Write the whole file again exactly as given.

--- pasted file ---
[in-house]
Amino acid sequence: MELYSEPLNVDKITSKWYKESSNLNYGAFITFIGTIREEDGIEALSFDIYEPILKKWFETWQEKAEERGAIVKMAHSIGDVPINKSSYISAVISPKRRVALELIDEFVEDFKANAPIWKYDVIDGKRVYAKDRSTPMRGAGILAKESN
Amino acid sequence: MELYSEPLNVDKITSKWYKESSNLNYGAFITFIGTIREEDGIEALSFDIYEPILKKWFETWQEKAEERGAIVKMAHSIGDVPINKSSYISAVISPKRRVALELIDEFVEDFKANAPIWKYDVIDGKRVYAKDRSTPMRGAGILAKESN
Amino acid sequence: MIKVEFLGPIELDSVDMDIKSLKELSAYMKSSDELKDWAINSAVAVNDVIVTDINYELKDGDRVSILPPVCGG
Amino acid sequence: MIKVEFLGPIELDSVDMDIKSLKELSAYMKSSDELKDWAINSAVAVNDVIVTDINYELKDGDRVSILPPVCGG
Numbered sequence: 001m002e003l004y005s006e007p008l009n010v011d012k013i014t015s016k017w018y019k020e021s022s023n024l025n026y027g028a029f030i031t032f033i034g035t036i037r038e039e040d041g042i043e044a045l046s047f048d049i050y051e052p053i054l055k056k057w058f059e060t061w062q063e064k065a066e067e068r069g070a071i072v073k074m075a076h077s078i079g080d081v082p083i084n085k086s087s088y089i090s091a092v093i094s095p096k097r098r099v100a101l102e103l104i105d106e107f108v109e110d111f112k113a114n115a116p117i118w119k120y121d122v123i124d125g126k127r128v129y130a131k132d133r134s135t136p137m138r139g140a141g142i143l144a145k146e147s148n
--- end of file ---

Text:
[in-house]
Amino acid sequence: MELYSEPLNVDKITSKWYKESSNLNYGAFITFIGTIREEDGIEALSFDIYEPILKKWFETWQEKAEERGAIVKMAHSIGDVPINKSSYISAVISPKRRVALELIDEFVEDFKANAPIWKYDVIDGKRVYAKDRSTPMRGAGILAKESN
Amino acid sequence: MELYSEPLNVDKITSKWYKESSNLNYGAFITFIGTIREEDGIEALSFDIYEPILKKWFETWQEKAEERGAIVKMAHSIGDVPINKSSYISAVISPKRRVALELIDEFVEDFKANAPIWKYDVIDGKRVYAKDRSTPMRGAGILAKESN
Amino acid sequence: MIKVEFLGPIELDSVDMDIKSLKELSAYMKSSDELKDWAINSAVAVNDVIVTDINYELKDGDRVSILPPVCGG
Amino acid sequence: MIKVEFLGPIELDSVDMDIKSLKELSAYMKSSDELKDWAINSAVAVNDVIVTDINYELKDGDRVSILPPVCGG
Numbered sequence: 001m002e003l004y005s006e007p008l009n010v011d012k013i014t015s016k017w018y019k020e021s022s023n024l025n026y027g028a029f030i031t032f033i034g035t036i037r038e039e040d041g042i043e044a045l046s047f048d049i050y051e052p053i054l055k056k057w058f059e060t061w062q063e064k065a066e067e068r069g070a071i072v073k074m075a076h077s078i079g080d081v082p083i084n085k086s087s088y089i090s091a092v093i094s095p096k097r098r099v100a101l102e103l104i105d106e107f108v109e110d111f112k113a114n115a116p117i118w119k120y121d122v123i124d125g126k127r128v129y130a131k132d133r134s135t136p137m138r139g140a141g142i143l144a145k146e147s148n